After UPR: Philippines SRHR advocates call on the government to provide contraception and decriminalize abortion

In Geneva on 8 May, the UN Human Rights Council Universal Periodic Review raised questions on the compliance of the Philippines government with its commitments on reproductive health and rights, including access to abortion. The Netherlands recommended that the Philippine government should take immediate steps to permit abortion when the woman’s life is in danger; when the pregnancy is a result of rape; and in cases of fetal impairment, with a view to decriminalizing abortion in the near future.

PINSAN (Philippine Safe Abortion Advocacy Network) submitted a joint report to the session. In a press release on 9 May, they reported that there are three women dying every day from complications from unsafe abortion in the country, and that over 600,000 Filipino women induce unsafe abortion each year at the risk to their lives, health, liberty, and security.

Sweden recommended that the government ensure that Executive Order No.12, pertaining to the Responsible Parenthood and Reproductive Health Act (2012), is fully implemented in order to meet the need for modern family planning and to secure universal access to sexual and reproductive health and rights. They noted that according to government estimates in 2016, there are still 7.3 million women in the Philippines who have an unmet need for modern contraceptives.

President Duterte’s Executive Order No.12, 9 January 2017, was intended to ensure strict implementation of the Responsible Parenthood and Reproductive Health Law 2012 – to attain and sustain “zero unmet need for modern family planning”. In 2015, in response to an anti-abortion petition, the Supreme Court stopped the Department of Health’s (DOH) programme for the distribution and sale of contraceptive implants and barred the Food and Drug Administration (FDA) from “granting any and all pending application for reproductive products and supplies, including contraceptive drugs and devices”. Then, in an August 2016 ruling, the Court denied a motion by the DOH to withdraw the order and instead remanded the case to the FDA to check if the contraceptive products had abortifacient side effects (sic). This has effectively blocking access to most birth control products.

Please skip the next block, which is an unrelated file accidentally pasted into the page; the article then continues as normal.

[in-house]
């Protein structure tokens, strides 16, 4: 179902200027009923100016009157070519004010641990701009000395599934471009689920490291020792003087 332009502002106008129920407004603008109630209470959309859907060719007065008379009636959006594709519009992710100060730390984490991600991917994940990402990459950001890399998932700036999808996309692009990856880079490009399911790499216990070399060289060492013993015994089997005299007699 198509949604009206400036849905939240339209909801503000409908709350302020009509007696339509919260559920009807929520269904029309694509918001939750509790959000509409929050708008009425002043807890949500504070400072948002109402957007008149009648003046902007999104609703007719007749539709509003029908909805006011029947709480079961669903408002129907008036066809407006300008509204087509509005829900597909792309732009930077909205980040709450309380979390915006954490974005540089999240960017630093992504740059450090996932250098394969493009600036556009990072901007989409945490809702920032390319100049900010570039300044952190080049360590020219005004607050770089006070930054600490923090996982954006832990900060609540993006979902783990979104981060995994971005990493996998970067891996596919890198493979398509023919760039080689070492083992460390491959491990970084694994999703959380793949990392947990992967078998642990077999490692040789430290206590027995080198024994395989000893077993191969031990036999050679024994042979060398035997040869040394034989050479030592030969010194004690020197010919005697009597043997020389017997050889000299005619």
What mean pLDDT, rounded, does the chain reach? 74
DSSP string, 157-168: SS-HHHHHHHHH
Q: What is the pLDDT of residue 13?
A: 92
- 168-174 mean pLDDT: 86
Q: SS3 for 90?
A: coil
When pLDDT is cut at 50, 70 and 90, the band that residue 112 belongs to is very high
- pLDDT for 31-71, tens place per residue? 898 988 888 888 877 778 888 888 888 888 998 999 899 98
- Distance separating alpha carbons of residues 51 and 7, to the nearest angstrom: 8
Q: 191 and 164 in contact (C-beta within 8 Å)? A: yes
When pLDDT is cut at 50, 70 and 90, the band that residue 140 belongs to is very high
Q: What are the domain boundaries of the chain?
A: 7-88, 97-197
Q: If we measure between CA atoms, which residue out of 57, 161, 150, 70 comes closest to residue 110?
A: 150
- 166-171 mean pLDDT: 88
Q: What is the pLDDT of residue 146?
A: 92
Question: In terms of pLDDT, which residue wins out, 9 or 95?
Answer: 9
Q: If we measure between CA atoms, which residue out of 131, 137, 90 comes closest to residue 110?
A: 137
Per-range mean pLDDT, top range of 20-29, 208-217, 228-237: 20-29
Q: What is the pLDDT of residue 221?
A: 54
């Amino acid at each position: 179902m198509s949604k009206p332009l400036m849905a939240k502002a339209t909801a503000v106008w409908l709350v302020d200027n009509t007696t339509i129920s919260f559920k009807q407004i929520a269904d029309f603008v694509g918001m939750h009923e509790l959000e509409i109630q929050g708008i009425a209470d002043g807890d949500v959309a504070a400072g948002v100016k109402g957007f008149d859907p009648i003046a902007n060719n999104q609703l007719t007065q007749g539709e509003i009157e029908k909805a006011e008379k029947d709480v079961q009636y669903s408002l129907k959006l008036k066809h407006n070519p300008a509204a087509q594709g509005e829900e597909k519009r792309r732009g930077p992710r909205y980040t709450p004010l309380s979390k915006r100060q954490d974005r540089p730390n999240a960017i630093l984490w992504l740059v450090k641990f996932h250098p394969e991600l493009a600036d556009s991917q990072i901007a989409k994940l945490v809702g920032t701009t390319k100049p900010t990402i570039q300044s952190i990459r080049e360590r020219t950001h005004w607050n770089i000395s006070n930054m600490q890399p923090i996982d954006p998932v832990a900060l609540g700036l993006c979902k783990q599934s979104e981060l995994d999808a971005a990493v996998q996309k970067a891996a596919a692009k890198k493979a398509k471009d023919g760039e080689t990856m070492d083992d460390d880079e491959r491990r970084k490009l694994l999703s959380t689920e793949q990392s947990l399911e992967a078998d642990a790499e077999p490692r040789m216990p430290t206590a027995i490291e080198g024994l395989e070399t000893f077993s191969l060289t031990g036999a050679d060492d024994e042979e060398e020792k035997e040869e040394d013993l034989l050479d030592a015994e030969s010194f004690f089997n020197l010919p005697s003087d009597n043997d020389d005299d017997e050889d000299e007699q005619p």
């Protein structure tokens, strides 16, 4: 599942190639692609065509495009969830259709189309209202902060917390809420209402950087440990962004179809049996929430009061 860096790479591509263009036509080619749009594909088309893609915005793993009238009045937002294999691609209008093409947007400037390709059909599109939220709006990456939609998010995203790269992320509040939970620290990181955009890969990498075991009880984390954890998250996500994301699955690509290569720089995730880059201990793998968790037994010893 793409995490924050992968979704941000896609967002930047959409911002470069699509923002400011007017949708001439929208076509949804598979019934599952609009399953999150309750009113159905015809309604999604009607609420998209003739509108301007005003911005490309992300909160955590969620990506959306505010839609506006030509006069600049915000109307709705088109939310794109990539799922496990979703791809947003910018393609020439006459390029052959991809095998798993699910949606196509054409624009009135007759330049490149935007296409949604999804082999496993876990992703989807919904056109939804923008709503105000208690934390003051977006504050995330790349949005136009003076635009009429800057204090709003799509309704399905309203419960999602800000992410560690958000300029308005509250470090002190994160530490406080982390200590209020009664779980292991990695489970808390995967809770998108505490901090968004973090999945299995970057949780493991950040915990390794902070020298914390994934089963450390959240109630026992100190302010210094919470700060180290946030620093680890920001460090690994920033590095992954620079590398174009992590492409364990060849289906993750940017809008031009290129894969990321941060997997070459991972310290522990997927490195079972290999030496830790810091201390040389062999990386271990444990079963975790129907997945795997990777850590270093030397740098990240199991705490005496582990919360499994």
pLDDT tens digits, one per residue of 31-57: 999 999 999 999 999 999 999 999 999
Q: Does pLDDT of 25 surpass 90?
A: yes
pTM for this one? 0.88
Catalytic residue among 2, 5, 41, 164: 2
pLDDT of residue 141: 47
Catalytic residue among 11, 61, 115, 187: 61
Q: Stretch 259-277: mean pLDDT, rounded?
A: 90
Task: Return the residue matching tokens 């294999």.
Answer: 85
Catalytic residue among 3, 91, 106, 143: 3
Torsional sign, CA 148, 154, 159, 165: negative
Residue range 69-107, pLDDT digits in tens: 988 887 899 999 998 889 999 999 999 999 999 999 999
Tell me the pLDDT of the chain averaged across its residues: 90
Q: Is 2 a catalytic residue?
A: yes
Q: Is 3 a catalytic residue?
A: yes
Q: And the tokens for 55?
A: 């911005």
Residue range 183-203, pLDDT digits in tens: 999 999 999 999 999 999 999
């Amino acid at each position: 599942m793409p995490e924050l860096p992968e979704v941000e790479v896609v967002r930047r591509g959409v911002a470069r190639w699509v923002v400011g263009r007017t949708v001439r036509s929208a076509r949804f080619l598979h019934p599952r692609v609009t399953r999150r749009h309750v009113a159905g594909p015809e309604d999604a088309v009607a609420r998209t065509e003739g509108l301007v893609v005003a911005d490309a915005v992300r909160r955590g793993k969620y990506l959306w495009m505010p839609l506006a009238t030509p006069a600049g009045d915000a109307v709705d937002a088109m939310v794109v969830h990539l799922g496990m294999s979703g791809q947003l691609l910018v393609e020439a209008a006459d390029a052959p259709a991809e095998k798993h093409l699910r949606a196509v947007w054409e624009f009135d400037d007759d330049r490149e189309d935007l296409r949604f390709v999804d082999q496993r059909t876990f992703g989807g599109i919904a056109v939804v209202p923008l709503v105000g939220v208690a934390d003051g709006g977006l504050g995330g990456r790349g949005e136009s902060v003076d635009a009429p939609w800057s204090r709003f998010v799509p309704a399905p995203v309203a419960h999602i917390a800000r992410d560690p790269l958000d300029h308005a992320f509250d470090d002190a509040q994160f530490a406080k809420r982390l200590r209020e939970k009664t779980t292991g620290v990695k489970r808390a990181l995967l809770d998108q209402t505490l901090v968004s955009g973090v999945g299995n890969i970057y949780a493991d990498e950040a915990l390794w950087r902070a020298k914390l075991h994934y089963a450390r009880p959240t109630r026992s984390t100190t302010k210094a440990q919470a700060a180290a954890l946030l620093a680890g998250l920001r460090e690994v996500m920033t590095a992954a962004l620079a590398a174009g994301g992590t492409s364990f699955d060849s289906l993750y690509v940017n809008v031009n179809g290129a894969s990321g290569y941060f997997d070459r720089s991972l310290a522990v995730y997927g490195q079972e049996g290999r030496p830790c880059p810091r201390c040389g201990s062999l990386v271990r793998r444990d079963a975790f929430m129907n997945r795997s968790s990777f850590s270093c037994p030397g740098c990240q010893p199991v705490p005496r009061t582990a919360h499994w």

Reproductive health advocates have warned that the Philippines stands to run out of contraceptives by 2020. Speaking at a forum organized by House Deputy Speaker Pia Cayetano this month, Junice Melgar of the Department of Health’s national implementing committee on the Reproductive Health Law said the court’s temporary restraining order on the certification of contraceptive products had far-reaching health implications for women. The director of the DOH’s Family Health Office told the forum: “Slowly, I think they are killing women. Last year, the registration of several products expired. This year, we expect 62% to expire. Next year, a full 90% will be expiring. And by 2020, there will be no contraceptives, nothing.”

In this light, women’s rights and SRHR advocates welcomed the Human Rights Council’s recommendations and called on the government to act urgently to address these sexual and reproductive health and rights issues.

PINSAN Statement, 9 May 2017 ; Philippine Daily Inquirer, by DJ Yap, 8 May 2017 ; Rappler, by Pia Ranada, 11 January 2017 ;  PHOTO: Members of the Reproductive Health Advocacy Network display condoms to support the passage of the Reproductive Health bill during a protest outside the presidential palace in Manila on 1 October 2010. © 2010 Reuters